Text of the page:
4. Mix the beaten eggs and crème fraiche together until fully combined. Add the grated cheddar to the tart case, then the mushrooms, then the onions and garlic. Pour the egg-crème-fraiche mixture over the vegetables, then top with the grated parmesan. Bake the tart at 200 degrees C/Gas Mark 4 for 30-40 minutes until the golden and fluffy, and the centre feels firm.
  5. Serve with a crisp salad, and a large glass of something equally crisp and alcoholic.
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Honey Spice Cake

I didn’t get Easter eggs this year. Don’t worry, I wasn’t too miffed about the situation – I’m more a savoury than sweet kind of girl, and Easter eggs just don’t taste the same if they’ve not been shattered by my younger brother headbutting them into little chocolatey shards. Instead, I spent my Easter doing what I do best. Baking. I’d like to think that if Jesus was around nowadays, he’d be less interested in people gorging themselves on chocolate, and more interested in people gnawing on delicious looking cakes and gigantic legs of lamb. Then again, if Jesus was around now, I’m sure he’d be a massive hit at cocktail parties with that whole ‘turning water into wine’ trick of his.

And so, on Sunday, I rolled my sleeves up and pootled off to ASDA on my bike for baking supplies. I originally intended for this to be a spiced stout cake, if only to attone for the Humingbird Bakery Chocolate Stout cake which I attempted to make (with a cracking hangover) for Mother’s Day, and which resulted in an overly sweet pile of crumbs which was only held together by a heart-attack-inducing amount of cream cheese. But alas, it wasn’t to be. Mainly because ASDA was closed, so I had to turn to the heathen cornershops of Bootle for salvation.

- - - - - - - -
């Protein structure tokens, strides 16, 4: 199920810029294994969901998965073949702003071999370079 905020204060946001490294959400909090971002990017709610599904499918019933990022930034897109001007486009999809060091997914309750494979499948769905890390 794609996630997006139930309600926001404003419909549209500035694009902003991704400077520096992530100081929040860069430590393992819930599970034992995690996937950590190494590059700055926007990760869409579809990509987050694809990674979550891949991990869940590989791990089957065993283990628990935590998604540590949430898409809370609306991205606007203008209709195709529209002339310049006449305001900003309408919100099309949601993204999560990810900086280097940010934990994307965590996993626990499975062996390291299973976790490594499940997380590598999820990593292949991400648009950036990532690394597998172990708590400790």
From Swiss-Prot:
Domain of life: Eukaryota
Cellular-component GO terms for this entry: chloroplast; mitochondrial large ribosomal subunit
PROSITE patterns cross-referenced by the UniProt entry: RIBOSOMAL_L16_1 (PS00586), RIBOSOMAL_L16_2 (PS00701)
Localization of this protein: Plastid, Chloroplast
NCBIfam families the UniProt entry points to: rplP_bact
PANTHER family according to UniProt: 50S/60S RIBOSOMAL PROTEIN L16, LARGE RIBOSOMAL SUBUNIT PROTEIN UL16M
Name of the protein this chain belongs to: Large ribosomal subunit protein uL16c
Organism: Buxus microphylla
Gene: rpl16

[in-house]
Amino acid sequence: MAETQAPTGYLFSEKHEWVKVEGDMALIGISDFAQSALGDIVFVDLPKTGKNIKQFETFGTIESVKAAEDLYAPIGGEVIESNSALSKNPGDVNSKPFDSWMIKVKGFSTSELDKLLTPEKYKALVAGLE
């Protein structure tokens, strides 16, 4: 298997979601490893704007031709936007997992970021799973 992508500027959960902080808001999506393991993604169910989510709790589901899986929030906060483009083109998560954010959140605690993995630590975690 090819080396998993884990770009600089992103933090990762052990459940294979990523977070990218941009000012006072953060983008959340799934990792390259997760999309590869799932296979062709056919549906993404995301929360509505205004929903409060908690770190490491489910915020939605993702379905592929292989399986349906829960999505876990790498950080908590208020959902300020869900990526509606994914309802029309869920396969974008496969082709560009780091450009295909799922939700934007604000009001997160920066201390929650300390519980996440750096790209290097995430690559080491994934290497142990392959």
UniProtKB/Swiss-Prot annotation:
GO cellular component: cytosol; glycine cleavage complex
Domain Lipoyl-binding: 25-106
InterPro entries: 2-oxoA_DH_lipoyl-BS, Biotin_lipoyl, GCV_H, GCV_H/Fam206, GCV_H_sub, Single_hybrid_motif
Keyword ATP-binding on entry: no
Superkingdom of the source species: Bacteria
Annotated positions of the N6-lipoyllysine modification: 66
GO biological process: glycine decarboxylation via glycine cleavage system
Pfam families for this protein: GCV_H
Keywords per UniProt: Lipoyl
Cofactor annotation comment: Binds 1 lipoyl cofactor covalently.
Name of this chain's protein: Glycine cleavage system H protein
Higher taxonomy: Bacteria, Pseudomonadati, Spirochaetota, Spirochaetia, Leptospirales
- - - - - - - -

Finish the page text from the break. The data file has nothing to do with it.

When life gives you a major supermarket-unfriendly-bank holiday that you’ve forgotten about because you have your head in the clouds, you have to improvise. So, I decided to replace the stout with some Hobgoblin ale, the black treacle with some honey, and glazed the bugger with a combination of icing sugar, and my old friend Mr. Ginger Cordial. What resulted was a beautiful, golden coloured cake, full of toffee flavours and a good whack of warming, zingy spice – like a giant toffee mince pie. It’s also wonderfully moist, a huge squidgey slice of comfort.

OK, so it may not have been particularly seasonal, but (if my poor recollection of my R.E. lessons from school serves me well), Jesus was more likely to relax with a delicious snack of honey when he wasn’t hanging out with his disciples than he was a giant chocolate egg…

HONEY SPICE CAKE (Makes one medium sized cake, containing 10-12 slices)

You will need:

  • 360g self raising flour
  • 3/4 teaspoon salt
  • 1 teaspoon ground ginger
  • 1 teaspoon cinnamon
  • 5 pods cardamom – seeds ground in a pestle and mortar
  • 1 teaspoon nutmeg
  • 1 teaspoon allspice
  • 3 tablespoons honey
  • 200g unsalted butter, melted and cooled slightly
  • 150g firmly packed dark brown sugar
  • 350ml ruby ale (I used Hobgoblin)
  • 2 large eggs, beaten lightly

For the glaze

  • 3 tablespons milk
  • 100g icing sugar
  • 3 tablespoons ginger cordial

Make It!

  1. Preheat the oven to 200°c/gas mark 4. and butter a medium sized springform cake tin.
  2. Into a large bowl sift together the self raising flour,  salt,  and the spices.
  3. Combine the ruby ale, butter and honey in a medium sized pan, and heat gently until the butter has melted and is foaming slightly. Take off the heat, add the brown sugar and leave to cool.
  4. Whisk the eggs in a small bowl, and add to the cooled honey-butter-beer mixture. Add the wet ingredients to the dry ingredients and whisk until a firm, gloppy batter has been formed. Pour the batter into the cake tin and bake in the middle of the oven for 30 to 35 minutes, or until a toothpick comes out clean. Leave it to cool completely before turning the cake out onto a cooling rack.
  5. In a small bowl whisk together the icing sugar, milk and ginger cordial. Pour the glaze carefully over the cake, letting it drip down the sides. Brush the glaze over the the surface area with a small pastry brush until the entire cake is covered. Allow to stand for 30 minutes, or until the glaze is set.